Klout is a tool that measures personal Influence. I am not going to go into a whole lot more detail because my pal Jennifer James wrote an excellent post on that topic and I couldn’t do it as well. There are two other tools in this space as well: Kred (great post about it from Mashable) and Peer Index (great post about it from Digital Business UK) which came along a little later than Klout.
While not as prolific as Klout, Kred’s approach to showing or explaining measurement is a bit more open than Klout. For example, on Kred you are able to see how your actions contribute to your score. However, the problem with Kred is that you only connect to two social networks at this time: Twitter and Facebook, whereas there are twelve platforms with seven additional ones to be added in the near future that Klout connects to. So Klout measures your influence on all your presences not just two.
There are so many great posts on all these measurement tools (like the ones linked above) that I would waste my time trying to do better here. This post is about my own personal Klout (and Kred) experiment.
While I was semi-living in Las Vegas in April (a joke, but spending two weeks there made me feel like it) a friend told me about a great Wired article about Klout in which companies like hotels were granting upgrades based on Klout scores.
I had definitely seen that some companies looking to hire in the social or digital marketing space sometimes had minimum scores requirements, but I had not heard about hotels doing upgrades based on these scores. As a traveler, that piqued my interest! Funnily enough I was sitting in the very hotel (The Palms) mentioned in the Wired article while having that initial conversation with my friend in Vegas!
In the article the reporter mentioned experimenting with Klout to see if he could increase his score. Based on advice from someone at Klout he started tweeting more consistently, selecting specific topics and tweeting at people with higher Klout scores. He went from a score of 31 to 46 during the period of his experiment (which I think lasted several weeks).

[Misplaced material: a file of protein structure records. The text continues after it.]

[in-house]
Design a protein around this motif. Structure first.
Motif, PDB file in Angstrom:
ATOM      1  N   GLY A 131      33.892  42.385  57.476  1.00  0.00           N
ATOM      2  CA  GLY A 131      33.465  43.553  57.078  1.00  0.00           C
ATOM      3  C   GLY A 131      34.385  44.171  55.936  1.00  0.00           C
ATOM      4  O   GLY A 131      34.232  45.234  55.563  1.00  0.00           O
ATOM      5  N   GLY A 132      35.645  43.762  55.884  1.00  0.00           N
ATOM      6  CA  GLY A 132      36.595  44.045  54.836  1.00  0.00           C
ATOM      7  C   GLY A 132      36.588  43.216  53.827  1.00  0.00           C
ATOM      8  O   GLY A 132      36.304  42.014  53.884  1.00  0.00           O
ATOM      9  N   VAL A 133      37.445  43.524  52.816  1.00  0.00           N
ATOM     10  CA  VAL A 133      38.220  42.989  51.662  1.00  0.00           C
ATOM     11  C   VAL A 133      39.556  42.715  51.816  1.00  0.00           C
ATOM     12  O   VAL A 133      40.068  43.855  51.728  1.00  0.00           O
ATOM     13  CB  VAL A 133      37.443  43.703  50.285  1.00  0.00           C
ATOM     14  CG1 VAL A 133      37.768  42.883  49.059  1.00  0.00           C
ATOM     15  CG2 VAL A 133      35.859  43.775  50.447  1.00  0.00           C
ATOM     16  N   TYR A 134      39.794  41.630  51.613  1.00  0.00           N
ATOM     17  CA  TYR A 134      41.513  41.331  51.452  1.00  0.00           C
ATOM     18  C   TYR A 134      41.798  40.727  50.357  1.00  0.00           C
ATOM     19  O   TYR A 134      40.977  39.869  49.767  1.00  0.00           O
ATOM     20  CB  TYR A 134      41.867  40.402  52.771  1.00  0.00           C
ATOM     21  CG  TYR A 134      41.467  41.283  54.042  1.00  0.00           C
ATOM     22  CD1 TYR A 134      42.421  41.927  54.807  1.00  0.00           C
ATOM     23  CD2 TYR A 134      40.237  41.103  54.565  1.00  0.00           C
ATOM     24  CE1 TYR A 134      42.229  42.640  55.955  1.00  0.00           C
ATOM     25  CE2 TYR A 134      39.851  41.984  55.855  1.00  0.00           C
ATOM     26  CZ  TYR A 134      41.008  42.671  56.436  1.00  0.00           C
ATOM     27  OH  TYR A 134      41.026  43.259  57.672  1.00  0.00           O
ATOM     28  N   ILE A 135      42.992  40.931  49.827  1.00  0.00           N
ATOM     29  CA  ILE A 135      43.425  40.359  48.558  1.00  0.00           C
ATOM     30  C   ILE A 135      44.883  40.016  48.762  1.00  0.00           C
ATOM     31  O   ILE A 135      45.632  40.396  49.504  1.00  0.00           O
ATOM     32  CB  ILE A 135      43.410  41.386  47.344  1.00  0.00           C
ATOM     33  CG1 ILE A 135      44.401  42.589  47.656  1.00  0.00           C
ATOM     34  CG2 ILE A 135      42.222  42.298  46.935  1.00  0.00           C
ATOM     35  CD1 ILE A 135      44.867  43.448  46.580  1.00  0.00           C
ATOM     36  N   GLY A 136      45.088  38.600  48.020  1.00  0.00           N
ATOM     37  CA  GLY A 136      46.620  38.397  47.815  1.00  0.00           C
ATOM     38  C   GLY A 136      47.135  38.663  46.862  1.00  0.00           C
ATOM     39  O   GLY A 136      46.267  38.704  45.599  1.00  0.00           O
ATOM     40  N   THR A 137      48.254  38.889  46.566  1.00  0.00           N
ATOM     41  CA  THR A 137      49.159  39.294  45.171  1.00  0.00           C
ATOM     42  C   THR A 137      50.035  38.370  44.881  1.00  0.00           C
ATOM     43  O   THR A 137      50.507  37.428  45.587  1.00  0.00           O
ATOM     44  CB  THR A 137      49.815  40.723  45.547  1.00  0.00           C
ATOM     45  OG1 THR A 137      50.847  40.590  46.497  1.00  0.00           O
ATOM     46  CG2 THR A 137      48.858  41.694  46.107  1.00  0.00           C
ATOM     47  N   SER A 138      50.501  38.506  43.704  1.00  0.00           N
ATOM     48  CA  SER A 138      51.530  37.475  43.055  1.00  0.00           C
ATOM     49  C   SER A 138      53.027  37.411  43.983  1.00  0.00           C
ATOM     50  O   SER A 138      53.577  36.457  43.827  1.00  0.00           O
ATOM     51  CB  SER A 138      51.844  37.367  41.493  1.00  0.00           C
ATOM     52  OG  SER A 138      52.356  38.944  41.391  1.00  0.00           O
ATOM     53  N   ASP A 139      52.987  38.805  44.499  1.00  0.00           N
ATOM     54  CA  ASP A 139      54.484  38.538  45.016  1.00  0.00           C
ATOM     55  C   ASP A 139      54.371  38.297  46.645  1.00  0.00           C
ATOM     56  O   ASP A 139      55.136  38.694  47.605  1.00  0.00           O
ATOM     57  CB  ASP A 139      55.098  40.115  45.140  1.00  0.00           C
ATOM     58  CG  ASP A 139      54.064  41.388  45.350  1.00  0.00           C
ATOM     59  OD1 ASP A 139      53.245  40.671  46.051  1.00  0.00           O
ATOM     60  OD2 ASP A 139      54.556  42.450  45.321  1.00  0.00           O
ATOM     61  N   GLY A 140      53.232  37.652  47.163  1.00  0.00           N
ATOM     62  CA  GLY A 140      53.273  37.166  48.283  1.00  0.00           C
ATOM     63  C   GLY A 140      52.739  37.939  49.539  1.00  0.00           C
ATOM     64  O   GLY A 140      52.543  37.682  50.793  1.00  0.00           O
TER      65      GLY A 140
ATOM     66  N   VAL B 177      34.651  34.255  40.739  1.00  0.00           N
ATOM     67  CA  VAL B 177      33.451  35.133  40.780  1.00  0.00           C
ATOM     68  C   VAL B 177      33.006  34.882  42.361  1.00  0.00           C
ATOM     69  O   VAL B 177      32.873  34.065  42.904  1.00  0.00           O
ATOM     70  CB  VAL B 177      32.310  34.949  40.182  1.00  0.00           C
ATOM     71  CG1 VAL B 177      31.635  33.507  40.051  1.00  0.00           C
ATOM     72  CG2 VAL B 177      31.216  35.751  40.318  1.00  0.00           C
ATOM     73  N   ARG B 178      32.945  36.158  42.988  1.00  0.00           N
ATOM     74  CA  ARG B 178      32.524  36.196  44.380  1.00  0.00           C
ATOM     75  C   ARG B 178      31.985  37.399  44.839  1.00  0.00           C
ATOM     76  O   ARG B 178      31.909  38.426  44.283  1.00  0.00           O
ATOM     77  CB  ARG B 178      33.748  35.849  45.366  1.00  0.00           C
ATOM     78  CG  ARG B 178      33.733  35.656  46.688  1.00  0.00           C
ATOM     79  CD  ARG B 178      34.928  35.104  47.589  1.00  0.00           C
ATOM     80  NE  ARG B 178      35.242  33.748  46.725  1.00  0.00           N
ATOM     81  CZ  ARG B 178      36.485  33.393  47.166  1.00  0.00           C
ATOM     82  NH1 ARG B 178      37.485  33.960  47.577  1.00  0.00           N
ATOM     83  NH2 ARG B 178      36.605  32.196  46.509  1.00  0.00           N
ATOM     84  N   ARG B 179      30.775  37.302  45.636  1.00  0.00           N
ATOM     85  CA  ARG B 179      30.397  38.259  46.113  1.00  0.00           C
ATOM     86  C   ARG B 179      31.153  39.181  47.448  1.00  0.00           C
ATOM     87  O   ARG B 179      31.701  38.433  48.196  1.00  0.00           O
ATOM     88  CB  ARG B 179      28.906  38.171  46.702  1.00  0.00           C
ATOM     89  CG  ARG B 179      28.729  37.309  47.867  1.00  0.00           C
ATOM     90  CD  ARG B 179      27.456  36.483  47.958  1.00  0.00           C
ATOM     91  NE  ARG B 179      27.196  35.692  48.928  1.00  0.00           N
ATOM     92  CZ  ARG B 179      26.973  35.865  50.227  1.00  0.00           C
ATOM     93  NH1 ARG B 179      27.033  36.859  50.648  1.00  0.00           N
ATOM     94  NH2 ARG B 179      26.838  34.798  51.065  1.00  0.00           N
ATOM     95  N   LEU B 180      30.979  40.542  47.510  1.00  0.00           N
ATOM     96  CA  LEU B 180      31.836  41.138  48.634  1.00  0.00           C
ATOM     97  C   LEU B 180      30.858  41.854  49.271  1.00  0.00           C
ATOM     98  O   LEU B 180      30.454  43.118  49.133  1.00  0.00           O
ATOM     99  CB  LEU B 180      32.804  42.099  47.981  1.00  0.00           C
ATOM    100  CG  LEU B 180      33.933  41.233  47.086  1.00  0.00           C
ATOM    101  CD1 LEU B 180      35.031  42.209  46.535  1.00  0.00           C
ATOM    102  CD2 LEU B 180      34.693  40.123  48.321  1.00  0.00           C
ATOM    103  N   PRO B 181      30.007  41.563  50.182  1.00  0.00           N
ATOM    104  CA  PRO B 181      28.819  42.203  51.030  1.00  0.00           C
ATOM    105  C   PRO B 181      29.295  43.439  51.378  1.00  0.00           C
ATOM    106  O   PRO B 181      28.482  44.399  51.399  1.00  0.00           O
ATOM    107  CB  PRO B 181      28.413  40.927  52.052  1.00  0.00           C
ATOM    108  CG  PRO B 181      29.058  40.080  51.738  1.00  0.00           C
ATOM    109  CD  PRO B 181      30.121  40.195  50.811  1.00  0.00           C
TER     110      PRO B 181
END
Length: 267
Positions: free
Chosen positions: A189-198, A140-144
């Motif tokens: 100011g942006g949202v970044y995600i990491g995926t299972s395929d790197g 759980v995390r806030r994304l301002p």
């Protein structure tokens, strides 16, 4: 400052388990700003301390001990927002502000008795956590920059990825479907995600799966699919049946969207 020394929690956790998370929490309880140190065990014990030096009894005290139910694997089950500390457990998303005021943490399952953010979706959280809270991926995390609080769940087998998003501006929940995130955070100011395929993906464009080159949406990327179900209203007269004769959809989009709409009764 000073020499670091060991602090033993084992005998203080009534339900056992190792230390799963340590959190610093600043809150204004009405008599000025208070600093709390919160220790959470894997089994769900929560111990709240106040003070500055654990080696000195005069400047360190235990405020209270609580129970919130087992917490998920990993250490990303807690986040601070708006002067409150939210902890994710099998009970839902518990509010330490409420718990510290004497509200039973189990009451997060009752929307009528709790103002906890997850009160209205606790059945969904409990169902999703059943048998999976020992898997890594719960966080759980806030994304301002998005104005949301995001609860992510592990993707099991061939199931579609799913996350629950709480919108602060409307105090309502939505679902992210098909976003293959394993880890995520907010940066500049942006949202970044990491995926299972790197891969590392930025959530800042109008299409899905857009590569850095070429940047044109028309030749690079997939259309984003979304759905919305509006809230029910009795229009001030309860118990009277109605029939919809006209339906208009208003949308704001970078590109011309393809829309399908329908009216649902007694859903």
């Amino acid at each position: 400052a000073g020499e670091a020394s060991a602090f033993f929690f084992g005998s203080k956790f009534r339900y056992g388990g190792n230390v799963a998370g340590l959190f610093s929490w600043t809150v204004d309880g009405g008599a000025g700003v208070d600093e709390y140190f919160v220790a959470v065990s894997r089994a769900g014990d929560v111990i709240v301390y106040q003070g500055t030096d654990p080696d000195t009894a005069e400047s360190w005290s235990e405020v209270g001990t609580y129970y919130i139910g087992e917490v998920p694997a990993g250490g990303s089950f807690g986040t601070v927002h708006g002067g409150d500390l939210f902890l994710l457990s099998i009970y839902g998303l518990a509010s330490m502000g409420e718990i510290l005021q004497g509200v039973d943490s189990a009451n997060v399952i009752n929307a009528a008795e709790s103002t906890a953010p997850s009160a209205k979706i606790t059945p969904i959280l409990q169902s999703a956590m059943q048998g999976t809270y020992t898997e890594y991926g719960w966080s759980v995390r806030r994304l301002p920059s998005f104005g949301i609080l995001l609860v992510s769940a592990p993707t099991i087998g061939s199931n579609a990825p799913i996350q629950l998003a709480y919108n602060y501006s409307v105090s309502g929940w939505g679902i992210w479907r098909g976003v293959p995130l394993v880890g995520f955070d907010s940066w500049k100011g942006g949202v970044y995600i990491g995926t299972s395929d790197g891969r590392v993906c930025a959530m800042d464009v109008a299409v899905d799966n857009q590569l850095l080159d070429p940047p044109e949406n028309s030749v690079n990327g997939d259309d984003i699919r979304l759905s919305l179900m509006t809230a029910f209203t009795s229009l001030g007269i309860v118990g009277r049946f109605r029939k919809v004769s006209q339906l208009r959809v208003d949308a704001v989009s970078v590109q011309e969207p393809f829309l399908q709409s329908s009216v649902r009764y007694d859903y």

In terms of “tweeting at people” with higher Klout scores [on purpose] that is just not something that I am prepared to do [intentionally]. I tweet with people to have conversations and share info, not to gain [or game] influence.
This especially not going to happen with me being an introvert and all! So that was a no go.
The one thing I could control, change and monitor was the frequency of my tweets.
I have said many times that I read over 400 blogs a week. Well, duh. There was a light bulb moment.
I don’t comment on every one, but the least I could do is retweet a chuck of them!
It helps me and it helps others. So I developed a spreadsheet (I am Type-A by the way if you couldn’t guess) with seven days on it and time slots every 30 minutes between 6 am and 10 pm. Then as I did my normal blog reading I used Hootsuite to schedule tweets for a selection of the posts I read. (I still also adhoc tweet as well.)
This is another reason why I wrote “don’t make me think to retweet” because I was getting frustrated with how much work can sometimes be involved with a simple retweet!
I started the experiment on April 28. My Klout score at the time was 48. My Kred score was 738/6.
Today my Klout score is 50 (was 49 until this past Wednesday). And my Kred score is 743/7. As you can see, despite only having two networks (or maybe because it is only two networks) I made larger strides on Kred than Klout.
It was an experiment. I am glad I did it because it made me a better tweeter in terms of promoting all the great posts that other people write and that makes me happy.
Bottom line, that is really what is important, goodwill to others.
That is what influences me.
What about you? What do you think about Klout (or Kred)?
EPILOGUE: Late yesterday I logged into Klout (I try to log in every day to award people +K’s) and my score jumped up to 57! I think it’s a mistake (ssshh, don’t tell Kout) because I was logged in on Friday with a 50! They must have sensed my post…because now the conclusion I drew about the impact of my experiment may not be as solid…